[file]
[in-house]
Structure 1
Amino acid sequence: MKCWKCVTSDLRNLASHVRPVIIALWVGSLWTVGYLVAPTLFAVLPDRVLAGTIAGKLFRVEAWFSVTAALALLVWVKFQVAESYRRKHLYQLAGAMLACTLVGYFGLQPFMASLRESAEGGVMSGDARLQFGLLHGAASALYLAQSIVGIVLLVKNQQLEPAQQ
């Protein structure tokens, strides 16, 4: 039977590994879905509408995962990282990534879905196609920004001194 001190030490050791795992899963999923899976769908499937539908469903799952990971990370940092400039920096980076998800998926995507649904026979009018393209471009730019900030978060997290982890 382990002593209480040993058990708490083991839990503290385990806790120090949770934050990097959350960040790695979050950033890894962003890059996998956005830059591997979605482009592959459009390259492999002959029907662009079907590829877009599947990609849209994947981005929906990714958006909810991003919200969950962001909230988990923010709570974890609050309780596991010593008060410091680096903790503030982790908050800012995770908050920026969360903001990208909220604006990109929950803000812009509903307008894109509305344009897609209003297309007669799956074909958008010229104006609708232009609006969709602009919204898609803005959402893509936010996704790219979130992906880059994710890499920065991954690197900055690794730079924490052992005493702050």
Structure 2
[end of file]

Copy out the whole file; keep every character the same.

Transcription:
[in-house]
Structure 1
Amino acid sequence: MKCWKCVTSDLRNLASHVRPVIIALWVGSLWTVGYLVAPTLFAVLPDRVLAGTIAGKLFRVEAWFSVTAALALLVWVKFQVAESYRRKHLYQLAGAMLACTLVGYFGLQPFMASLRESAEGGVMSGDARLQFGLLHGAASALYLAQSIVGIVLLVKNQQLEPAQQ
């Protein structure tokens, strides 16, 4: 039977590994879905509408995962990282990534879905196609920004001194 001190030490050791795992899963999923899976769908499937539908469903799952990971990370940092400039920096980076998800998926995507649904026979009018393209471009730019900030978060997290982890 382990002593209480040993058990708490083991839990503290385990806790120090949770934050990097959350960040790695979050950033890894962003890059996998956005830059591997979605482009592959459009390259492999002959029907662009079907590829877009599947990609849209994947981005929906990714958006909810991003919200969950962001909230988990923010709570974890609050309780596991010593008060410091680096903790503030982790908050800012995770908050920026969360903001990208909220604006990109929950803000812009509903307008894109509305344009897609209003297309007669799956074909958008010229104006609708232009609006969709602009919204898609803005959402893509936010996704790219979130992906880059994710890499920065991954690197900055690794730079924490052992005493702050």
Structure 2